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. Last Updated: 07/27/2016

Game Nearly Over for Pinballers

ASBURY PARK, New Jersey -- TILT! Game over?

Not quite. But the venerable pinball machine, once the undisputed arcade king from the Jersey Shore boardwalks to the Santa Monica Pier, is certainly down to its last ball.

In the computerized, digitalized world of high-tech entertainment, the pinball machine now clings to a diminished niche. Of the big four American companies that once cranked out 100,000 glitzy machines a year, only one survives f and it produces a fraction of that figure. Even worse, the proudly made-in-the-U.S.A. pinball machine f "as American as apple pie," as one arcade owner notes f now finds its biggest market in France, where it's as popular as snails and Jerry Lewis.

What is the world coming to?

"It's a shame," says Walt Levine, a 25-year industry veteran, offering an oft-echoed opinion. "This could be a thing of the past."

Don't say that around the last bastion of pinball optimism: suburban Melrose Park, Illinois, home of the family owned Stern Pinball. Company president Gary Stern believes his business can keep the flippers flailing where others have failed.

"We no longer talk about how we're the last man standing," says Stern. "Now we just talk about how we intend to be around for a long time to come."

Stern's is a lonely voice in the new generation of arcade games. Many in the industry fear the silver ball is headed south toward oblivion.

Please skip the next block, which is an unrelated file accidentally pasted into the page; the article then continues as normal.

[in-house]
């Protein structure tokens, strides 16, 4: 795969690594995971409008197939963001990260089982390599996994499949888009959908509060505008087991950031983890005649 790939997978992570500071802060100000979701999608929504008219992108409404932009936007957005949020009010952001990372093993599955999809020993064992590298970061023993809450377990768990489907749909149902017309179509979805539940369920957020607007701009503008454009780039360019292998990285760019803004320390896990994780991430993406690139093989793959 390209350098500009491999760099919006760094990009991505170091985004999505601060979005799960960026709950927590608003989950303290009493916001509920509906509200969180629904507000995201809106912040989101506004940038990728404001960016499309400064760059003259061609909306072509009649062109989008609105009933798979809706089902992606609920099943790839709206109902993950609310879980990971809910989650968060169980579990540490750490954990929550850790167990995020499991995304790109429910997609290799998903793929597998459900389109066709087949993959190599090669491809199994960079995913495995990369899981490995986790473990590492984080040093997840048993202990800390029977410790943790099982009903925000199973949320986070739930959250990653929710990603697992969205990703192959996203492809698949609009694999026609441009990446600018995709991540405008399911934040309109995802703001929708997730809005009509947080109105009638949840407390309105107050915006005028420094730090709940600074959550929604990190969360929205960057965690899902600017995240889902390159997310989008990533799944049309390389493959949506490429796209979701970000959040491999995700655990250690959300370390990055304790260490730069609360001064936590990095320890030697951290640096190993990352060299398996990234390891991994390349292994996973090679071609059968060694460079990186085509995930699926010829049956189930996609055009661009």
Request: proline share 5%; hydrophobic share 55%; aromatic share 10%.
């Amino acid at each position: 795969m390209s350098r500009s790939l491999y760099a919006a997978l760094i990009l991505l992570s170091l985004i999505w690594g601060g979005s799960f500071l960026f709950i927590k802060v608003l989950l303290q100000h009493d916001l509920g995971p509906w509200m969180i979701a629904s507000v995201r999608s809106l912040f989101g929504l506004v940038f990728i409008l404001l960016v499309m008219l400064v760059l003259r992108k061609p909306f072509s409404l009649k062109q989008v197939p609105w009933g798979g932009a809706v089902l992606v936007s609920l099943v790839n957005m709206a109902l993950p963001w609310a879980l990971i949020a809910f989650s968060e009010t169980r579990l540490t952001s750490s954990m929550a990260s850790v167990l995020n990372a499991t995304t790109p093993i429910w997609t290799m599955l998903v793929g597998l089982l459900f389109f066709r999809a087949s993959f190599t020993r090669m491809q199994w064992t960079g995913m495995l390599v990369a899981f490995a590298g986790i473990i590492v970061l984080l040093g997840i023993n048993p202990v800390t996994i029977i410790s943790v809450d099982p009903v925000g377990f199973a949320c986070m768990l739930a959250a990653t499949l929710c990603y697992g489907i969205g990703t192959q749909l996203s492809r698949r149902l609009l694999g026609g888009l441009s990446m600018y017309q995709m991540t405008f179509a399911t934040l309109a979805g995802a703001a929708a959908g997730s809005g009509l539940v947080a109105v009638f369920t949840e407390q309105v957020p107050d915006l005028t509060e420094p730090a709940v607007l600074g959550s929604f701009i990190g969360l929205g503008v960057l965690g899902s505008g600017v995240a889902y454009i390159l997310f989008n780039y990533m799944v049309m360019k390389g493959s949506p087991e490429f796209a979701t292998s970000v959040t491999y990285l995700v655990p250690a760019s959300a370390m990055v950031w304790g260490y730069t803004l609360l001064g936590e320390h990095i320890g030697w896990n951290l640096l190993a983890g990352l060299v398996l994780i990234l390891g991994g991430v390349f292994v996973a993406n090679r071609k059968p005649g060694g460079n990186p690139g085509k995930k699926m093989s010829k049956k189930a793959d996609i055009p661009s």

Bob Haim, co-owner of the Long Island, New York-based pinball distributor R.H. Belam company, has watched pinball's steady decline. His father founded the business in 1946; his son, Daniel, is a law school student and unlikely successor to the clan's pinball wizardry.

"I doubt he'll go into this business," the elder Haim says. "His generation is part of the problem."

It's a generation raised on virtual reality, Nintendo and Sony PlayStation, a generation that views the pinball machine as an anachronism.

"There's a new generation brought up on games off their computers," shrugs Levine.

Levine speaks while standing inside the future f Broadway City, a three-level collection of more than 200 high-tech arcade games. In a cramped second-floor room, obscured by the new big-ticket games, sit a half-dozen pinball machines.

"This is an accommodation to the past," Levine acknowledges, standing alongside a vintage "Addams Family" machine and a newer "South Park" game. "It doesn't make money."

The pinball machine debuted in 1931, a hardy contraption that quickly became a hit in the United States. It was first a gambling machine that offered players a cash payout if they could score points without "tilting" the machine f rattling it so hard that it shuts down. The payoff later was reduced to a free game or two for beating certain scores.

Over the seven decades that followed its invention, pinball's popularity waxed and waned. The late '70s were a boom time, the mid-'80s a rough stretch, the early '90s a comeback. In 1992, when the pinball machine was successfully fighting the video challenge, 100,000 machines were sold worldwide. Last year, that figure was about 12,000.

One by one, like targets zapped with a quick wrist flick, the pinball makers disappeared. Bally Manufacturing sold off its pinball division in 1988. Last November, WMS Industries said good-bye after its pinball division lost $17.8 million in the last three fiscal years. When all the arcade dust settled, Stern was the last pinball production company in the world. But when Stern looks into the future, he sees a vision of the past.

"Pinball is sort of retro, which is a big word these days," Stern says. "Retro is the 'in' thing. Think of a cool 1978 VW Beetle f that's nostalgia. But a brand-new Beetle f that's retro."